A picturesque small rural town
Steyning was once one of the most important places in the county of Sussex. Though now about five miles from the coast, it used to be a prosperous port with a market and a mint.
The small town has a large number of historic buildings, including many from the medieval and Tudor period. Amongst them is the Old Grammar School, founded in 1614 by William Holland, and occupying a set of 15th-century buildings.
Steyning Museum, on picturesque Church Street, houses exhibits telling the story of the long history of the town and the area. It is open all year with free admission.
Eating out and Shopping in Steyning
A great advantage of staying at Rosebud Cottage is that you will be just a few minutes walk from the High Street, which has interesting independently run shops and places where you can eat out.
Cafes, Restaurants and Pubs
The award winning Steyning Tea Rooms is the most popular cafe! Go there on a Wednesday afternoon and buy a scone and you will get a free tea or coffee.
The White Horse Pub and the excellent Italian Mamma Mia Restaurant open every night. Chez Joel has a wonderful French evening every Thursday, whilst the Sussex Produce Cafe is a great place for lunch.
All three pubs in the High Street serve food. They have lovely real fires in the winter. Do call in!
There’s a supermarket and two butchers in the High Street – whilst the Sussex Produce Company stocks high quality produce and some excellent ready meals! You can shop for food seven days a week and until late in the evening.
Independently Run Shops
The Sussex Produce Company is one of the many independently run shops. I particularly like the Steyning Bookshop and Cobblestone Walk: This is a unique shopping arcade, with 25 units based around a 16th century tea house.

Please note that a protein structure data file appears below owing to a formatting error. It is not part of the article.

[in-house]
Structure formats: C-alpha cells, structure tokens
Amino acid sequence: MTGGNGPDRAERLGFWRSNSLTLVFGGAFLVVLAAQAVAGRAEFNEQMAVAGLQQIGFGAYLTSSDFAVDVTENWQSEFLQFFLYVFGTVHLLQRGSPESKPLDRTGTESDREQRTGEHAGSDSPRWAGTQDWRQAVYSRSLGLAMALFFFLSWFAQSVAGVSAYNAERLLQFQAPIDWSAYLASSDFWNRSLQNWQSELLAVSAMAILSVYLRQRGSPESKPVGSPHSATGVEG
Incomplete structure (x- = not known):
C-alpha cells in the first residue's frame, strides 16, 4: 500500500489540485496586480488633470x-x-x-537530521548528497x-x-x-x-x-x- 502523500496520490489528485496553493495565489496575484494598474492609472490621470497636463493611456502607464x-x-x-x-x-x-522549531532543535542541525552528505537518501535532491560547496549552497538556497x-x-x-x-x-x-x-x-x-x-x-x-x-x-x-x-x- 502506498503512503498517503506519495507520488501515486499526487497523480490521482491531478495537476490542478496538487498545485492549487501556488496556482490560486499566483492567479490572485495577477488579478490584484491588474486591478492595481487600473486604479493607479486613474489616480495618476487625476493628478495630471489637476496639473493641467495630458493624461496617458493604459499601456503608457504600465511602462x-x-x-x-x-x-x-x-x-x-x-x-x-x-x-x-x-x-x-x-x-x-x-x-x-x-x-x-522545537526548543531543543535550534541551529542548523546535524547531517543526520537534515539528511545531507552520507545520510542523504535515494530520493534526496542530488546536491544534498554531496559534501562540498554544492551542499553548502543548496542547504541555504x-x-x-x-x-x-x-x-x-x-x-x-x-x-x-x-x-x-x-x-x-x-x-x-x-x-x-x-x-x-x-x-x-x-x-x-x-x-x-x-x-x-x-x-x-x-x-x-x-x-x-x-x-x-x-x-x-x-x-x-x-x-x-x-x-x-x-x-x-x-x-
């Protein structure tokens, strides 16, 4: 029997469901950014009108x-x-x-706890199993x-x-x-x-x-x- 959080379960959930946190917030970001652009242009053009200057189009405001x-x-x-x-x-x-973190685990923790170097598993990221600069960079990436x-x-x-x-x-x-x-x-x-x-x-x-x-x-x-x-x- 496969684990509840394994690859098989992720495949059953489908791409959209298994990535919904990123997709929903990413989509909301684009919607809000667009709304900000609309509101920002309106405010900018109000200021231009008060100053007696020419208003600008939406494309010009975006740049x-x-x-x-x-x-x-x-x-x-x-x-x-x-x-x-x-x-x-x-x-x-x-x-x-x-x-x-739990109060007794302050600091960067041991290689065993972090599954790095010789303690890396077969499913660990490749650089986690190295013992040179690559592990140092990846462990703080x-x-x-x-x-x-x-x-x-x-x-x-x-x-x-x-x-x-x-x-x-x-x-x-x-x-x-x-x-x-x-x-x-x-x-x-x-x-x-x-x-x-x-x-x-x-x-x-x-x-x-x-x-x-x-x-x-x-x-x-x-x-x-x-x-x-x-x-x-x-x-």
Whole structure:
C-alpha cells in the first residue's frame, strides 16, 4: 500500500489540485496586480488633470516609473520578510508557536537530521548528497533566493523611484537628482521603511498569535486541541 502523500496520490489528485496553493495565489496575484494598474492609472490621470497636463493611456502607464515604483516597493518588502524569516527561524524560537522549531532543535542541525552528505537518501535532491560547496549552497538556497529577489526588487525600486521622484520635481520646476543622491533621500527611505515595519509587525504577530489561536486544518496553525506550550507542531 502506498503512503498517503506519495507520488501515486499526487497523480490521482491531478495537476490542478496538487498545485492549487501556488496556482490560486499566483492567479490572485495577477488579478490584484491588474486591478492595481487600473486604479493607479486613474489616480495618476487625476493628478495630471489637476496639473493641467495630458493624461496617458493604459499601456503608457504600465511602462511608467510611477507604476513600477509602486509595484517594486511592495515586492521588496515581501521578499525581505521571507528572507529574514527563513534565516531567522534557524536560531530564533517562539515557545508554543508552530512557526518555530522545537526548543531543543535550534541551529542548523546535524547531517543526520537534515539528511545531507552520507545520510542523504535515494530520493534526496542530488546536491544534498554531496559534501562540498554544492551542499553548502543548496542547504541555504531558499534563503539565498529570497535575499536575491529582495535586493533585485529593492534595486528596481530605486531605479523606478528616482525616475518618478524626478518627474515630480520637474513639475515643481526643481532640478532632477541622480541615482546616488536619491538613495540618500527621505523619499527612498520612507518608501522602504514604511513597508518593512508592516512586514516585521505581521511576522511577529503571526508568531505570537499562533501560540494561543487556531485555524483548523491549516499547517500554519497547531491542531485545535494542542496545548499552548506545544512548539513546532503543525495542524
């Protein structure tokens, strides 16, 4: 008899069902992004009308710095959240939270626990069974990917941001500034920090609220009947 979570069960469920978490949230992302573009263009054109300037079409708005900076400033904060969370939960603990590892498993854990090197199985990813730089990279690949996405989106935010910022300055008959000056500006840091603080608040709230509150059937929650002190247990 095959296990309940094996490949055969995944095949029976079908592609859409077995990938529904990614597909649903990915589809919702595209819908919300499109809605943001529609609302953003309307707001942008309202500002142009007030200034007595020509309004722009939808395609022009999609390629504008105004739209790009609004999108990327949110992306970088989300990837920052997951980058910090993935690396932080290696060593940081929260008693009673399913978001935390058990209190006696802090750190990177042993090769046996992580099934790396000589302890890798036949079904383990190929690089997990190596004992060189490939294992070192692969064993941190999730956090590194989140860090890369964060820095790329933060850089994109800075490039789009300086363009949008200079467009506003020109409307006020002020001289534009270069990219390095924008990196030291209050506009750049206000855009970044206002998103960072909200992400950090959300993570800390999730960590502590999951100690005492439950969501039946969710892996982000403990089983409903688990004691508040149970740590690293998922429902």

Steyning already existed when, according to the legend, St. Cuthman founded a church there, perhaps in the late 8th or early 9th century.
His legend states that he was a shepherd who had to care for his paralysed mother after his father’s death. When they fell on hard times and were forced to beg from door to door, he built a one-wheeled cart or wheelbarrow in which he moved her around with him. When the rope attached to the cart broke he accepted it as a sign from God to stop at that place and build a church. Several of the signs that you see on entering Steyning show his image.
After the Norman Conquest of Britain in 1066 the Normans rebuilt St Cuthman’s church and created Bramber Castle.
This was founded by William de Braose as a defensive and administrative centre. It was held almost continually by de Braose and his descendants from its foundation by 1073 until 1450. However there was an ongoing power struggle for control of the local area between William de Braose and the monks of Fecamp Abbey in Normandy.
Mid to Late Medieval (1300-1500)
In the 14th century, the River Adur began to silt up and the town’s use as a port became difficult leading to a loss of trade and population.
The monks of Fécamp Abbey re-dedicated the church of St Cuthman to St Andrew in the 13th century.
Steyning began returning two members of parliament from 1278 but subsequently became a ‘rotten borough’ as the population decreased.
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